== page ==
Published May 26, 2011 by
Baptism is an important ritual in many faiths. While the ceremonies differ, the symbolism is typically the same: baptism is a washing away of sin. It has traditionally been, and remains, a purification ritual in which water plays a big part, both symbolically and literally. How did this ritual develop? How do different cultures celebrate baptism? And what does it mean today? Baptism is a beautiful ritual, and when you know its history, it becomes that much more meaningful.
We typically associate baptism with Christian religions, but the roots begin with Judaism. Mikvah, or ritual immersion, was performed when one needed to be restored to purity. This happened after being exposed to something deemed by the Torah to be “unclean.” This could be anything from becoming defiled via contact with a corpse or being with a woman while she was menstruating. Women were to cleanse after menstruation or childbirth. Until the person was cleansed, he/she was not allowed to attend temple.
The person who needed cleansing brought an offering, such as lambs, doves, or grains, and the priest would ritualistically cleanse the body with water, oils, and perfumes. Converts to Judaism also underwent the ritual cleansing. Mikvah is still very important to the Orthodox Jewish community, and often, the baths are elaborately done.
In Islam, there is a ritual called Ghusl, which is a ritual washing required for prayer or certain rituals. It is done after having sex, menstruation, childbirth, and death by natural causes. It is also commonly practiced before Friday and Eid prayers, in preparation for haji, or the journey to Mecca, and before converting to Islam. There are rules governing the prayers said during ablution, as well as what types of water are permitted for use.
Both of these rituals have much in common with the Christian idea of baptism. One key difference, though, is that both mikvah and ghusl are performed on an as-needed basis, so to speak. They are done repeatedly throughout life to regain purity. The Christian ritual of baptism is done once in a person’s life. Instead of purifying the person from a specific “unclean” act, the baptism represents the desire of the baptized to follow the ways of the church and repent from sin. It is not a purification of sin, per se, but a symbolic act.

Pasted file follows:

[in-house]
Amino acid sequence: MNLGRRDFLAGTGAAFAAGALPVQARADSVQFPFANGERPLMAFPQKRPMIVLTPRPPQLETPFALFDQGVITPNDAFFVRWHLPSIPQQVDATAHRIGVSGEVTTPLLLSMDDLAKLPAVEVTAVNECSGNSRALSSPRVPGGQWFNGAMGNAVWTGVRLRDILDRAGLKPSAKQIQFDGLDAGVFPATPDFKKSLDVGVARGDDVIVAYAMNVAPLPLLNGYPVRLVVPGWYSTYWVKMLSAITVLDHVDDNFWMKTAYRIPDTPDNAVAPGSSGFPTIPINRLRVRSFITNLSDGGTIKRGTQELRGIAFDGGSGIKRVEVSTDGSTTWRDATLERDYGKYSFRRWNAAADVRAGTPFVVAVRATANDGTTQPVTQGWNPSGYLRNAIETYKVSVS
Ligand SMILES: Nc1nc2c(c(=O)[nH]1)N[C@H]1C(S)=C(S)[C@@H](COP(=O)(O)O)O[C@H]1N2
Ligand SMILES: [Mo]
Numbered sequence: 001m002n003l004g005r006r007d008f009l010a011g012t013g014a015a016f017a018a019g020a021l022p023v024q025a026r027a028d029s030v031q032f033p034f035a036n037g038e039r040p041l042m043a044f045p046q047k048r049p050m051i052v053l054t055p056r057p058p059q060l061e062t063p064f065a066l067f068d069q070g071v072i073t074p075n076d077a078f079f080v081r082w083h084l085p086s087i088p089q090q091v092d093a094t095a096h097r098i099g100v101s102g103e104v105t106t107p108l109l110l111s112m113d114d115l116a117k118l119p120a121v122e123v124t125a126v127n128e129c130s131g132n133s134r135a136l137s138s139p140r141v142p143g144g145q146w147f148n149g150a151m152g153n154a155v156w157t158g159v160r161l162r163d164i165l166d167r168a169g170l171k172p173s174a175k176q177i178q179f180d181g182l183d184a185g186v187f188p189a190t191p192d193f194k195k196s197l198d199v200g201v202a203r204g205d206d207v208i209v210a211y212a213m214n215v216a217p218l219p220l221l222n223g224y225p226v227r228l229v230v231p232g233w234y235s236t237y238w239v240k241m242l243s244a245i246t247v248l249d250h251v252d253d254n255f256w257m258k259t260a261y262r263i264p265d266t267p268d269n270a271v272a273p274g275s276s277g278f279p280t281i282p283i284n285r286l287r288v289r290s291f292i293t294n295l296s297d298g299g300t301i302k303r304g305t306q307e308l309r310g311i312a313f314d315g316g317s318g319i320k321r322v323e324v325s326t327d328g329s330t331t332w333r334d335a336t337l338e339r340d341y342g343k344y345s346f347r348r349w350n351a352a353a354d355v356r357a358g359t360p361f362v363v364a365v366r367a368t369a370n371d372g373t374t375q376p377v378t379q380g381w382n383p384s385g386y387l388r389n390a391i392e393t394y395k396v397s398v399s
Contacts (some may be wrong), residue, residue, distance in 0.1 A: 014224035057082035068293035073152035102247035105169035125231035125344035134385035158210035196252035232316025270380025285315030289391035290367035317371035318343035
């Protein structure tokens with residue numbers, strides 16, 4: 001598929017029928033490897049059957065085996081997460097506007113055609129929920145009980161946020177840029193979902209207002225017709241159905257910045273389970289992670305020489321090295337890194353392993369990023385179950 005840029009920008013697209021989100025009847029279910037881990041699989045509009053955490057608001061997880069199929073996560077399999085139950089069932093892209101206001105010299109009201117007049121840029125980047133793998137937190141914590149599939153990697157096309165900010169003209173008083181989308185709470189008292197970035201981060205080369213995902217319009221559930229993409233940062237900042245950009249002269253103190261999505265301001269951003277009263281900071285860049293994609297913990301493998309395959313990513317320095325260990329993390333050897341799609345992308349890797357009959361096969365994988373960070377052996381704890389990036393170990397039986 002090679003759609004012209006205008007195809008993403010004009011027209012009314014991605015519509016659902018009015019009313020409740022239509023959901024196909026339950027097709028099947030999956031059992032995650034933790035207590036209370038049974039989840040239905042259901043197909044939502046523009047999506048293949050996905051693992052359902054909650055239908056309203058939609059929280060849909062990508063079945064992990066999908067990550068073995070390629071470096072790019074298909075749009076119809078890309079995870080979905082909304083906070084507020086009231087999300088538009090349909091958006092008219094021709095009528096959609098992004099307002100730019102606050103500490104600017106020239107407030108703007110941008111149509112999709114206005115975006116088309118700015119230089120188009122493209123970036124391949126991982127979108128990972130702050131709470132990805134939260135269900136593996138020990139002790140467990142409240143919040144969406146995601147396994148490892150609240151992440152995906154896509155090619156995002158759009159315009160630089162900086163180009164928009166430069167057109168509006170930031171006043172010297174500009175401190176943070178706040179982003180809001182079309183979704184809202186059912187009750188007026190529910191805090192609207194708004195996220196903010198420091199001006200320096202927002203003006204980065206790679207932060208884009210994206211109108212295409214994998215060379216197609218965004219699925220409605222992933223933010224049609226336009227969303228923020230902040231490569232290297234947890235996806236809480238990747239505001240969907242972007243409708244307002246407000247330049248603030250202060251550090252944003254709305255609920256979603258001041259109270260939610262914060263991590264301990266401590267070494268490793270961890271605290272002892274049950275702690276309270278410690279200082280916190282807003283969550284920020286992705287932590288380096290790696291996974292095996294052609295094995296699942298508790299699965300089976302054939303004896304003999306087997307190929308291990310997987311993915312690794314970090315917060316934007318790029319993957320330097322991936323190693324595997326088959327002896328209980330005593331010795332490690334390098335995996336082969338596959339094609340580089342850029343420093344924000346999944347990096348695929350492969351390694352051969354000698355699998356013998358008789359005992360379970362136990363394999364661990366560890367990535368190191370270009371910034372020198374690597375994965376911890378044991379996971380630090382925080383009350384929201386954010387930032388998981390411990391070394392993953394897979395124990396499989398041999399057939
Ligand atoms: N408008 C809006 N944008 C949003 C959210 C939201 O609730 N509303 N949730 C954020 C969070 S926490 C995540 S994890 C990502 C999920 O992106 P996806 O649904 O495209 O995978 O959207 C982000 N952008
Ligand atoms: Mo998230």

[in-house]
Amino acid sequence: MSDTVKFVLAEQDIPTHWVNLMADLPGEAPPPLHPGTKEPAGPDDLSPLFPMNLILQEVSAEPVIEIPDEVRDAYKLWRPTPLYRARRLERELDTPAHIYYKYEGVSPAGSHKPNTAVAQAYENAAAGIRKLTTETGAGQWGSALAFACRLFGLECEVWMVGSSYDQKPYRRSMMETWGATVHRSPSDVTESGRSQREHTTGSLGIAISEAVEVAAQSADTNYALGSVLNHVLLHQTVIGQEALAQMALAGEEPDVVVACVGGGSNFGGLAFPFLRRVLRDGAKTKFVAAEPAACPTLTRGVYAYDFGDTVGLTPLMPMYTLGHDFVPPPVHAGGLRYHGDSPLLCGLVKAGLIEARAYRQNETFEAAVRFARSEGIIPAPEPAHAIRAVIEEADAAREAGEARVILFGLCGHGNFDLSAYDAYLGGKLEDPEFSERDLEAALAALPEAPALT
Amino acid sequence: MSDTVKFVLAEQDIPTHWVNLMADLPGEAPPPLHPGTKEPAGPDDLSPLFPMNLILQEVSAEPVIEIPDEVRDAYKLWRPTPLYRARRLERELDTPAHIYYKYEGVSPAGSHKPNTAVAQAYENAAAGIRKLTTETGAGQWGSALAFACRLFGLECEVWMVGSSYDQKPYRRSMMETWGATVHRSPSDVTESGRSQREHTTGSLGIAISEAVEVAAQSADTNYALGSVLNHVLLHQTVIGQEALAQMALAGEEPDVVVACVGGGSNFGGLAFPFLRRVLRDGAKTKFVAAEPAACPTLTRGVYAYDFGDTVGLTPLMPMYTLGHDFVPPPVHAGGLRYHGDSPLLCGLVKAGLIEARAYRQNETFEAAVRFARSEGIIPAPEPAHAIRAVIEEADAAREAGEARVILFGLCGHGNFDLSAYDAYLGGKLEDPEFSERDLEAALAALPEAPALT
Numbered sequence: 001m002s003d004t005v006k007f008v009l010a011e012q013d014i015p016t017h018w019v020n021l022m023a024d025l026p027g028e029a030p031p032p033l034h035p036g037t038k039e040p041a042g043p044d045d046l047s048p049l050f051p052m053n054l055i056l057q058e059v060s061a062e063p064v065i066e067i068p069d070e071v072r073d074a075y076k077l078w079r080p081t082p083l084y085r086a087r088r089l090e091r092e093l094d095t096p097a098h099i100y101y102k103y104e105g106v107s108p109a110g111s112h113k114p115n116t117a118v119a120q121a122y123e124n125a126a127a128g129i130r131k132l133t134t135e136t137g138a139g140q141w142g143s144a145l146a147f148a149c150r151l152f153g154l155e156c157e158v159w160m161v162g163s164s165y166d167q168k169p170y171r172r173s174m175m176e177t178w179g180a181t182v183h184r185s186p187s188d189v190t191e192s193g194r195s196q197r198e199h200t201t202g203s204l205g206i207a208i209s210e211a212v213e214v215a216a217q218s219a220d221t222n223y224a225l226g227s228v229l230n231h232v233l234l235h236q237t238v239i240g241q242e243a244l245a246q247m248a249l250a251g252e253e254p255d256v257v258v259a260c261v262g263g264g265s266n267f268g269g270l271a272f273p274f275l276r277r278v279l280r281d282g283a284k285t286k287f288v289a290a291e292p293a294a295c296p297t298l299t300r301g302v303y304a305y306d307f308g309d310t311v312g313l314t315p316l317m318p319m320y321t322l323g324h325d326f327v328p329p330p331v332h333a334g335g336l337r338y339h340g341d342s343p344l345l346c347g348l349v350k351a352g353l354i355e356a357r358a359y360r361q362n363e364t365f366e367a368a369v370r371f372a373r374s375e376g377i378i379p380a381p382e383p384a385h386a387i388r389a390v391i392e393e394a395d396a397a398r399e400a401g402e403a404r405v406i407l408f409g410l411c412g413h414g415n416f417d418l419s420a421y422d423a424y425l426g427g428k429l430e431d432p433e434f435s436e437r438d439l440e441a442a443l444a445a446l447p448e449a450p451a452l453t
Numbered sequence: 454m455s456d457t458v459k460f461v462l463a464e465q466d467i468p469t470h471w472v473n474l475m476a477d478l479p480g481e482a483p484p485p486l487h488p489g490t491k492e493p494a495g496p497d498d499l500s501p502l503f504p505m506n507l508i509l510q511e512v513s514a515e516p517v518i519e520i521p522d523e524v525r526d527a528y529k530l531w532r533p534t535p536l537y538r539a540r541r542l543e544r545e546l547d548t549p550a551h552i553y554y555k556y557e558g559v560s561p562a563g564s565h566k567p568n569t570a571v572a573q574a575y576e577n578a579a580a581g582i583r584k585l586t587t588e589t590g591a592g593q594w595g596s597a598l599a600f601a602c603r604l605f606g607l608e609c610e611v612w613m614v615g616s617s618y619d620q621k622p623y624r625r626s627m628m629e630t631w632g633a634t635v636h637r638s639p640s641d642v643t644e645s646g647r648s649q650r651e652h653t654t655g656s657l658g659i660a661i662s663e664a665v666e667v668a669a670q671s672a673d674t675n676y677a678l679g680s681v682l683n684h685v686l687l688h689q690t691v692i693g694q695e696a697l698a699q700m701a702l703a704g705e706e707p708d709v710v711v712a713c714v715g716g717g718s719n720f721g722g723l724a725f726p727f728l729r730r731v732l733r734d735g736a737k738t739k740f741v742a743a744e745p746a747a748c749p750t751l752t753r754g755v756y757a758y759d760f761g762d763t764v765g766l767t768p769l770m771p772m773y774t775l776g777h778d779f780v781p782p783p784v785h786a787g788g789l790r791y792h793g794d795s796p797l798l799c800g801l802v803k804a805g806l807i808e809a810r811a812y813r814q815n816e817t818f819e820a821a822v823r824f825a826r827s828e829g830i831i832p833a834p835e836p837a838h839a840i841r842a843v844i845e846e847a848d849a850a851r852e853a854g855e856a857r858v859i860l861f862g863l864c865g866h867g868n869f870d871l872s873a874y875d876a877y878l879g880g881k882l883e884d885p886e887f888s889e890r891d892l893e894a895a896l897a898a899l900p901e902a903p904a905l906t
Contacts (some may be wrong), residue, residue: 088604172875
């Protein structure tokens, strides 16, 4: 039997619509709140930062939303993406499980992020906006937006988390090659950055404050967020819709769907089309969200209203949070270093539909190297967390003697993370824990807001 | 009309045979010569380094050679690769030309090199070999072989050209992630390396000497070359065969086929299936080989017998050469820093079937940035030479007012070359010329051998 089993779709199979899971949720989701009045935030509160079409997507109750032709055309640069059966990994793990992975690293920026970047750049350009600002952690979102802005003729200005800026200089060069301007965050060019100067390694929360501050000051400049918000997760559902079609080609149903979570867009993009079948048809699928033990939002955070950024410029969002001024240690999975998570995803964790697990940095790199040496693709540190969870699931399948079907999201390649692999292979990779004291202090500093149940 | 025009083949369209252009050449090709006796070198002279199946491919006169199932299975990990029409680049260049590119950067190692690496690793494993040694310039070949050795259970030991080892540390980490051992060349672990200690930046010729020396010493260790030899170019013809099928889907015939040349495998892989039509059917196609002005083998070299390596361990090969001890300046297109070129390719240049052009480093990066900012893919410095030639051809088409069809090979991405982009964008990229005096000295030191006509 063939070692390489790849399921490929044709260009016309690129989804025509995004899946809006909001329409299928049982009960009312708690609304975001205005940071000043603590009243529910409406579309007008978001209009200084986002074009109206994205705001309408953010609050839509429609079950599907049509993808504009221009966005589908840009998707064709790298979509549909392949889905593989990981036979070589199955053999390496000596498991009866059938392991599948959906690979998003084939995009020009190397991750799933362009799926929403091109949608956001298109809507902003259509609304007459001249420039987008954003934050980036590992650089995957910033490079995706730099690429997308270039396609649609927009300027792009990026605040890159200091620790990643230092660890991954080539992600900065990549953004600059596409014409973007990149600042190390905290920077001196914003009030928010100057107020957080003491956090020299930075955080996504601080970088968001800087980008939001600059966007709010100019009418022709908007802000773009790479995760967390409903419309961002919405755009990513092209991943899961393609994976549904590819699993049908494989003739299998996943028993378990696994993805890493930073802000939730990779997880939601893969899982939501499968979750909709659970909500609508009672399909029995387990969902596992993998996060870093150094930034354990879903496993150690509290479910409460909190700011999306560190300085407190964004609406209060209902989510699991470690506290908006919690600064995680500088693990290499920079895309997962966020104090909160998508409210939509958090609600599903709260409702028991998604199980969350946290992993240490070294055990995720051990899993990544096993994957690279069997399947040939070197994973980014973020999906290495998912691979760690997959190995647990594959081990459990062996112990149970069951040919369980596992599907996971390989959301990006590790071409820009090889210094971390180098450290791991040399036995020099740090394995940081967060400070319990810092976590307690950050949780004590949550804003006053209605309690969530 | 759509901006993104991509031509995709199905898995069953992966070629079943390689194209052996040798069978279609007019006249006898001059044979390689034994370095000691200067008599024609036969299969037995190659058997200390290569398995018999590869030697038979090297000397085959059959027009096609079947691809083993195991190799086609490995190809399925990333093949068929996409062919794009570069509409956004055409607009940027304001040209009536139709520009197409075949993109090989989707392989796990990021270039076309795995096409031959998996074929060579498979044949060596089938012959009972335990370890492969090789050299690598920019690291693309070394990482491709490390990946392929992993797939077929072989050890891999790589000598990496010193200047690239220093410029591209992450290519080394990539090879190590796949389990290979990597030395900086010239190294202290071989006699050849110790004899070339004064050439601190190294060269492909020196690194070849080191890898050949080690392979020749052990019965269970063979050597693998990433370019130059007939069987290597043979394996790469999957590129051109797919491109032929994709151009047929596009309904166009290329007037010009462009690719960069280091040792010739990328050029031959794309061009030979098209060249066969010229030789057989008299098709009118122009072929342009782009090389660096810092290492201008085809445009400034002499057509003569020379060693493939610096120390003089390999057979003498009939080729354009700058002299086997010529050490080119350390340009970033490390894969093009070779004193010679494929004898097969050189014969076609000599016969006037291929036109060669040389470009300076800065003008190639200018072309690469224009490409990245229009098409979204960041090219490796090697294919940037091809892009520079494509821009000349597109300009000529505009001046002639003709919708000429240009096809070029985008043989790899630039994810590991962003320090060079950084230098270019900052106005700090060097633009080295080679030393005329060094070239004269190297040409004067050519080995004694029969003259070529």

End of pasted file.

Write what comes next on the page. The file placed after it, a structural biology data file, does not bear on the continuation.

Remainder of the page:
There are different forms of baptism among Christian religions and different practices concerning the age at which one is baptized. In the Catholic, Episcopal, and Lutheran Churches, for instance, baptism is performed near birth to wash away “Original Sin,” which it is believed all people are born with. In many other faiths, baptism is delayed until a child is older, or even till adulthood. This is because the belief in Original Sin is not universal in Christianity. Also, many churches believe the person should be old enough to make the conscious choice to become baptized, and thus an official member of the church.
While water plays an important role in baptism, not all ceremonies are the same. In Catholic ceremonies, for instance, the baby is held over the baptismal font, and water is sprinkled lightly over his head. This is called aspersion baptism. In other faiths, the person to be baptized kneels and water is poured over his head. He may also kneel in water. This is affusion baptism.
Immersion baptism is when the congregant is fully submerged in water. This is practiced by Anabaptists and Baptists. In these faiths, people are not baptized until they are adults. Immersion is often done in baptismal fonts, swimming pools, bathtubs, rivers, or lakes. Some sects, including Armenian Baptists, and some Catholics, Lutherans, Presbyterians, Methodists, and Anglicans, partially immerse the baptized, dunking their heads under water. Other faiths, like the Baptists and Anabaptists, demand full immersion.
Despite the differences in baptismal practices among faiths, there are many more similarities. Water purifies and removes sin, whether on a symbolic level or a literal level. Converts to religions typically undergo baptism to indicate their dedication to following the tenants of the faith. Whether it is done repeatedly, as with mikvah and ghusl, or once, as with Christian faiths, it is an important ceremony. Often times, after the baptism, family and friends congregate at the home of the little one and celebrate with a meal and baptism gifts.